Cingulotomy for medically refractory cancer pain
Viswanathan A., Harsh V., Pereira EAC., Aziz TZ.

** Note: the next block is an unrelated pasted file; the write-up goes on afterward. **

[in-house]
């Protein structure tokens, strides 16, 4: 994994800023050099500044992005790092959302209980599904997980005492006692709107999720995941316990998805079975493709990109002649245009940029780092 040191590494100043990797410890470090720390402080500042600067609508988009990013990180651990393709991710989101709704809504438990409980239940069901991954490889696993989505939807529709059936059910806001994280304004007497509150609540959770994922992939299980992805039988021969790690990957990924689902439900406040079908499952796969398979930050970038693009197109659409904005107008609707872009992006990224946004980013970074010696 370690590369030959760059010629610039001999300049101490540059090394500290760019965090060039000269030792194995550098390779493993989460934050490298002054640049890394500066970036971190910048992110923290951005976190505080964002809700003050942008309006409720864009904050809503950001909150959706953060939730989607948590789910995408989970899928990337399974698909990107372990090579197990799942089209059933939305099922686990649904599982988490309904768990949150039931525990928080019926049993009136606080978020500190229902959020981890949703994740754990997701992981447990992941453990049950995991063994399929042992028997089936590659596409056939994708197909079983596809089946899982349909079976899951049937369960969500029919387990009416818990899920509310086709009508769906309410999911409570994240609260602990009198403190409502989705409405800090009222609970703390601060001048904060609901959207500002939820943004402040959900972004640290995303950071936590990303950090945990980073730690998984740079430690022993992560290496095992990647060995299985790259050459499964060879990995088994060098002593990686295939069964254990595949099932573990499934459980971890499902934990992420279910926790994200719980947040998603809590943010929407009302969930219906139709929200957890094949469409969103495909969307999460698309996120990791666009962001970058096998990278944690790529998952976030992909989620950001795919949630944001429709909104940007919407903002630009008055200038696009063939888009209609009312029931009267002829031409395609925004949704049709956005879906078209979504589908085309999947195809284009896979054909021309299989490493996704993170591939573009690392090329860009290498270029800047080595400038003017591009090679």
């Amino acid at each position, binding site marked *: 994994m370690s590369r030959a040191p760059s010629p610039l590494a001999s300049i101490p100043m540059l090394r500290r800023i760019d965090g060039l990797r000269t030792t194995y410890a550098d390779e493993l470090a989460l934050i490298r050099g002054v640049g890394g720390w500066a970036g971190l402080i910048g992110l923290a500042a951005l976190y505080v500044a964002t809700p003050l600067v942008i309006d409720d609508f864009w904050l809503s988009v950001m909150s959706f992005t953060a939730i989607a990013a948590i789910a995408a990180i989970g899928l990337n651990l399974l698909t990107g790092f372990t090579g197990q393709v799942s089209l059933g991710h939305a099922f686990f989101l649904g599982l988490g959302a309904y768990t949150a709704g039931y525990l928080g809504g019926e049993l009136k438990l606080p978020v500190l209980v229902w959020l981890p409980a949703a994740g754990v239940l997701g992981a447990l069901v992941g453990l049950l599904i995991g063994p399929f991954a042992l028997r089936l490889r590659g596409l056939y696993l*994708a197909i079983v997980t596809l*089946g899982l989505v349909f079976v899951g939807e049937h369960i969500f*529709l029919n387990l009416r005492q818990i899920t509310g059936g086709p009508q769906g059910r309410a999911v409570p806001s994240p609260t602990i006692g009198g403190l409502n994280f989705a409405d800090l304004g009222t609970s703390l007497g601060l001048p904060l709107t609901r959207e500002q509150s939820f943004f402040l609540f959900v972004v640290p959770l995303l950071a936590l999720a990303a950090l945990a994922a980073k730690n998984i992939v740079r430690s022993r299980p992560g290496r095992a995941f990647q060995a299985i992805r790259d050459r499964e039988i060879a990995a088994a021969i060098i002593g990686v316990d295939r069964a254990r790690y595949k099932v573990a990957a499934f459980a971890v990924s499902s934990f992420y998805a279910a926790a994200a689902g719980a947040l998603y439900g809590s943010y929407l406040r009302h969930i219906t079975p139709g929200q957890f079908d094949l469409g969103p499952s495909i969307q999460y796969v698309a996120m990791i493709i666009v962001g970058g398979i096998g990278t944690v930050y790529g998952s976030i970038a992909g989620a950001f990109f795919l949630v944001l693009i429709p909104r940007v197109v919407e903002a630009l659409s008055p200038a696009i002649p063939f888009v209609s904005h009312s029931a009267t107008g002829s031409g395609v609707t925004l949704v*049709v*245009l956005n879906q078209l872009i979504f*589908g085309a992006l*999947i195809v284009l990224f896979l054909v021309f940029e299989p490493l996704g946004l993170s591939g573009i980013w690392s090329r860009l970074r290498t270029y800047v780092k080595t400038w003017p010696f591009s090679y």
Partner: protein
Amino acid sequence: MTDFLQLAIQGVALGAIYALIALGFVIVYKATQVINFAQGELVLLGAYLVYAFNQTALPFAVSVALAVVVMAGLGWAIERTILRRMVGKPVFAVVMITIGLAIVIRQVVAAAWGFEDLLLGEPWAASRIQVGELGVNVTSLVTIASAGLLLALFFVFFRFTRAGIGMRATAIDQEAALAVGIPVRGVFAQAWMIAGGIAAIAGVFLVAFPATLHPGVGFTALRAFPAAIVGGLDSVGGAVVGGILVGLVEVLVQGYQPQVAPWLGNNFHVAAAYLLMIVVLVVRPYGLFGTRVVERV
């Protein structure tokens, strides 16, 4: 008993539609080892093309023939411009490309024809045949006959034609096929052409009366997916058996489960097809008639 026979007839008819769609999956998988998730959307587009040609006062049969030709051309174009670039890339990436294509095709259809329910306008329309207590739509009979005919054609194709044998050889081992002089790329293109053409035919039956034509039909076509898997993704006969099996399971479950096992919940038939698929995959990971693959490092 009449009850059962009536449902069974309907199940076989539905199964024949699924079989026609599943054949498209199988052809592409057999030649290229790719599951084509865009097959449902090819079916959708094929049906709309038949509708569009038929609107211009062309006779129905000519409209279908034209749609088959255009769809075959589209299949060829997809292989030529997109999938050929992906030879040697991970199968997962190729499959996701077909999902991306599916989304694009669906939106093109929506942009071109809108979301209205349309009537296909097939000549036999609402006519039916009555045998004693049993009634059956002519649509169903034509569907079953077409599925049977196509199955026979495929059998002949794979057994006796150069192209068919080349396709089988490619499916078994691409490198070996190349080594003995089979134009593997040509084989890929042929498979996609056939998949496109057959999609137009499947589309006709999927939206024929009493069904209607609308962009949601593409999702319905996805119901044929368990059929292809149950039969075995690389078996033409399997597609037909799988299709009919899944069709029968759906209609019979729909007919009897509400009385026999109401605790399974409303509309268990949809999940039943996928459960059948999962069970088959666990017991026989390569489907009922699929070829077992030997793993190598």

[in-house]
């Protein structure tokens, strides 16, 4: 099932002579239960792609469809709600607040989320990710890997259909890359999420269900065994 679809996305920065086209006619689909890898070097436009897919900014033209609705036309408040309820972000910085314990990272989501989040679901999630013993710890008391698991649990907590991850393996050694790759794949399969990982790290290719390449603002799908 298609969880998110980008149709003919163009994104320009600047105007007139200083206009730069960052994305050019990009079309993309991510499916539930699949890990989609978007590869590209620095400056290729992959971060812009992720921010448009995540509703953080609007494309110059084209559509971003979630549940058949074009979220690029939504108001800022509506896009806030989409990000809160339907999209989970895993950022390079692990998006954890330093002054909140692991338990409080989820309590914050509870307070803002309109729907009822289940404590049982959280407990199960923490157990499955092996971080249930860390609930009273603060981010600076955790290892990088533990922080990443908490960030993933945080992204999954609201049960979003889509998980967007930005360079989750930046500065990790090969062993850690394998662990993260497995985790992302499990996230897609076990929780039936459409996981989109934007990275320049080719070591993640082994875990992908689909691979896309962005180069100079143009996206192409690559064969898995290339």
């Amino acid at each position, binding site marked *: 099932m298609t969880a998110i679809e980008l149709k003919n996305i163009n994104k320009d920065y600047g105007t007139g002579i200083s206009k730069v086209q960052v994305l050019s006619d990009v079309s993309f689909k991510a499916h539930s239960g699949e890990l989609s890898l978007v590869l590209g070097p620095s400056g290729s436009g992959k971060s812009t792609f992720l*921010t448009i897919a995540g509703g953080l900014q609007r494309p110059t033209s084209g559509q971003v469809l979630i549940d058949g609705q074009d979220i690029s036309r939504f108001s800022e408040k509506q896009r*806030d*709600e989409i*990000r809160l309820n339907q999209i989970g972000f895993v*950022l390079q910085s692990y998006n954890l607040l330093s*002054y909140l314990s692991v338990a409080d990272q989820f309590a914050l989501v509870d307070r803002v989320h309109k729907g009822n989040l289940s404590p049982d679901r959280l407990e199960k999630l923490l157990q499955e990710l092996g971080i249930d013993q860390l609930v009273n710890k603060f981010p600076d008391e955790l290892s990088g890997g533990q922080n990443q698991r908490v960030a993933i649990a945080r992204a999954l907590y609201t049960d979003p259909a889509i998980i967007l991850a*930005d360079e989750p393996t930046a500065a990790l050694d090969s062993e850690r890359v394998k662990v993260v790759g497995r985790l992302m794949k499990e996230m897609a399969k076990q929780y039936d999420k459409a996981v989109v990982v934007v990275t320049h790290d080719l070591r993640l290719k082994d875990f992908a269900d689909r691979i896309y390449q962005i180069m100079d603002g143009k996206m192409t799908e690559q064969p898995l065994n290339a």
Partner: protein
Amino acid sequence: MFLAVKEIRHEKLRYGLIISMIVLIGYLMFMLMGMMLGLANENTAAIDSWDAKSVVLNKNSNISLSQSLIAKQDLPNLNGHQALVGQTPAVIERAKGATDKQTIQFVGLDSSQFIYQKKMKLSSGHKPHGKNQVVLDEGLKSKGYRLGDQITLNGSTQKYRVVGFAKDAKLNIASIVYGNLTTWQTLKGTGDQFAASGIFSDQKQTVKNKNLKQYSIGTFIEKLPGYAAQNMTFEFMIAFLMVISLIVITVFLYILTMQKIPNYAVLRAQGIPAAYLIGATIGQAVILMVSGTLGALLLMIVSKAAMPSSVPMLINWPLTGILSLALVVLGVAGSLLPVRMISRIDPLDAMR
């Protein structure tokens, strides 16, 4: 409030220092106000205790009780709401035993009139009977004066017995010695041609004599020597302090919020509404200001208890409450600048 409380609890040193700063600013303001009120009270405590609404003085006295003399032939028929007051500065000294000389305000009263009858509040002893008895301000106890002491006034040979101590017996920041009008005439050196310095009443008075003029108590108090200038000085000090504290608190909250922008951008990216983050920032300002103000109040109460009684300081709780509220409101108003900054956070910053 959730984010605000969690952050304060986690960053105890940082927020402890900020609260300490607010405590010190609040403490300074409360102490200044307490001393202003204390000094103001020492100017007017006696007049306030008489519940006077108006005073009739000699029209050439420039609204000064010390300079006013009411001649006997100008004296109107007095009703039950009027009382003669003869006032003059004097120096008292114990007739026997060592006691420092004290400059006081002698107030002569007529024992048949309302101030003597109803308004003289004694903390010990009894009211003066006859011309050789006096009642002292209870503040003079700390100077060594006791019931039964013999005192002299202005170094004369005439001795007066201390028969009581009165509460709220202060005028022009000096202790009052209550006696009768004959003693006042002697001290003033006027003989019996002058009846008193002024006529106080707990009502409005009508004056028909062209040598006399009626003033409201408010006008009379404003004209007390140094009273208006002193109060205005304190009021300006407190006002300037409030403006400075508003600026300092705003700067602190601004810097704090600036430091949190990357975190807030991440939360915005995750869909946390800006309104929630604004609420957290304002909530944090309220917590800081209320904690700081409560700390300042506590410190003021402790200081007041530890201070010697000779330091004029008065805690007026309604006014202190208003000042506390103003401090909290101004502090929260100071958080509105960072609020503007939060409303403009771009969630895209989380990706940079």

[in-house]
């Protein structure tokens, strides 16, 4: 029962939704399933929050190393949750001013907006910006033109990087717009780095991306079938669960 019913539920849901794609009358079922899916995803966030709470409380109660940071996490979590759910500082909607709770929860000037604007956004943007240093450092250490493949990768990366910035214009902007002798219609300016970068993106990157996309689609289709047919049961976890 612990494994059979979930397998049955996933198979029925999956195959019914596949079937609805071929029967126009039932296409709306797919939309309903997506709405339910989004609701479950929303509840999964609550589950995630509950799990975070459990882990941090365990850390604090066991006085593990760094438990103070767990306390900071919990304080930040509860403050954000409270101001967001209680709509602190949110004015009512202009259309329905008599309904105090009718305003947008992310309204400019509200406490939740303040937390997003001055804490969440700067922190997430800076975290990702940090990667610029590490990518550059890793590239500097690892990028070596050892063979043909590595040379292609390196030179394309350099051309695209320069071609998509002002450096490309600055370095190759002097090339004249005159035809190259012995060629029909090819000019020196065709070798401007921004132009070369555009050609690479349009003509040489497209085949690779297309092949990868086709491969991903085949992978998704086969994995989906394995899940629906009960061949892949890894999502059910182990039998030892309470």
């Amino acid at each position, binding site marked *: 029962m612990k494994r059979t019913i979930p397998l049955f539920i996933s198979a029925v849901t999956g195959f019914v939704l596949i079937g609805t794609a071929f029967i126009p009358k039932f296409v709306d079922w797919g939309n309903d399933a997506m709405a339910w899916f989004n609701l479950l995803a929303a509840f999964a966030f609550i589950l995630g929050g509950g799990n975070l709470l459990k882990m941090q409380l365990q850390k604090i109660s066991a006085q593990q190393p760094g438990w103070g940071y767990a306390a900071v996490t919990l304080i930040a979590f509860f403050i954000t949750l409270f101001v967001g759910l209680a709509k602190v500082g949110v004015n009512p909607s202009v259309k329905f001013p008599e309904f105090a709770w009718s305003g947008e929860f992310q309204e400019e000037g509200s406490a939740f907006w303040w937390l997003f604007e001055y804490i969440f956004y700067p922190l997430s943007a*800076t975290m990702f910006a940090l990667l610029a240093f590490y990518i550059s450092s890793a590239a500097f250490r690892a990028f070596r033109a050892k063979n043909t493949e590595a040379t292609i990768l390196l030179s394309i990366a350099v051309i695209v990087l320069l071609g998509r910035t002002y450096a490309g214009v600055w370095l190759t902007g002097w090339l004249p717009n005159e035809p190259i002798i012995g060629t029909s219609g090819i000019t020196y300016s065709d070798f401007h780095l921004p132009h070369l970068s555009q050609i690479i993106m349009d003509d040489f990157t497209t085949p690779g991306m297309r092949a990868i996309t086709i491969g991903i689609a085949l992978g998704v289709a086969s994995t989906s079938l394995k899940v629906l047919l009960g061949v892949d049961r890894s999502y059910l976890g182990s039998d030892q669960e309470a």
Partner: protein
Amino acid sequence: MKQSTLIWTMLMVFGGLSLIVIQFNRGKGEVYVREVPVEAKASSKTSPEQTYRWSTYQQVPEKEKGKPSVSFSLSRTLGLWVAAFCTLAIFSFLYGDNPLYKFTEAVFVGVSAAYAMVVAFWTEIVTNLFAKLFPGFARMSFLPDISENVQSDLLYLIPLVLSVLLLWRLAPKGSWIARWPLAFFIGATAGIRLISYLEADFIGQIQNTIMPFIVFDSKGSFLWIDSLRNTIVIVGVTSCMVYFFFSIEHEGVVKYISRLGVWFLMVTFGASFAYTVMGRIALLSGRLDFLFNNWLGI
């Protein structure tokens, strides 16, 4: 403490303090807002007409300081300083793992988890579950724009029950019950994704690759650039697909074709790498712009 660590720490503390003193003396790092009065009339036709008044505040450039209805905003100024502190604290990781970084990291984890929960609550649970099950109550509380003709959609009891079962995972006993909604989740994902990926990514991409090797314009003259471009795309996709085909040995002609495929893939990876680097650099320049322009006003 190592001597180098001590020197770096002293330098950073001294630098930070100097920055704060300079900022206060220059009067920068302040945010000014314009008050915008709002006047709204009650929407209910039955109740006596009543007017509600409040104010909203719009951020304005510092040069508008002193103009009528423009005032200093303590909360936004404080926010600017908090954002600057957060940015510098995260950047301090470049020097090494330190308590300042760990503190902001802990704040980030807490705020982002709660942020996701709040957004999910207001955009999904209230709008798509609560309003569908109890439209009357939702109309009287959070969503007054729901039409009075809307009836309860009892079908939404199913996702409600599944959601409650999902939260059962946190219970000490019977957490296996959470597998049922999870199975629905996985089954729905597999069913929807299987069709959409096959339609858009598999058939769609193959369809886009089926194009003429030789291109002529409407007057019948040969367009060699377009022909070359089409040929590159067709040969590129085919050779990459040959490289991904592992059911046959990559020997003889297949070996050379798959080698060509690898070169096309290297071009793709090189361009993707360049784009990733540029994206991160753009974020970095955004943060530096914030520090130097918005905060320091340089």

<jats:sec> <jats:title>Object</jats:title> <jats:p>Cingulotomy has been reported in the literature as a potential treatment option for refractory cancer-related pain. However, the optimal candidates for this intervention and the outcomes are not well characterized. The goal of this study was to review the available literature on cingulotomy, specifically for cancer-related pain.</jats:p></jats:sec> <jats:sec> <jats:title>Methods</jats:title> <jats:p>A search of PubMed, PubMed Central, the Cochrane Library, and MEDLINE was performed to identify all articles discussing cingulotomy for cancer pain. The text strings “cingul*” and “pain” were separated by the Boolean AND operator, and used to perform the query on PubMed. Only studies in which a stereotactic technique was used, as opposed to an open technique, and specifically detailing outcomes for cancer pain were included. For centers with multiple publications, care was taken not to double-count individual patients.</jats:p></jats:sec> <jats:sec> <jats:title>Results</jats:title> <jats:p>The literature review revealed only 8 unique studies describing outcomes of stereotactic cingulotomy for cancer pain. Between 32% and 83% of patients had meaningful pain relief. The location of the lesion was variable, ranging between 1 cm and 4 cm posterior to the tip of the anterior horn. Although serious adverse events are rare, a decline in focused attention can been seen in the early postoperative period, along with apathy and decreased activity.</jats:p></jats:sec> <jats:sec> <jats:title>Conclusions</jats:title> <jats:p>For patients with cancer pain with diffuse pain syndromes, head and neck malignancies, and significant emotional distress, cingulotomy may be a safe treatment option with minimal cognitive changes.</jats:p></jats:sec>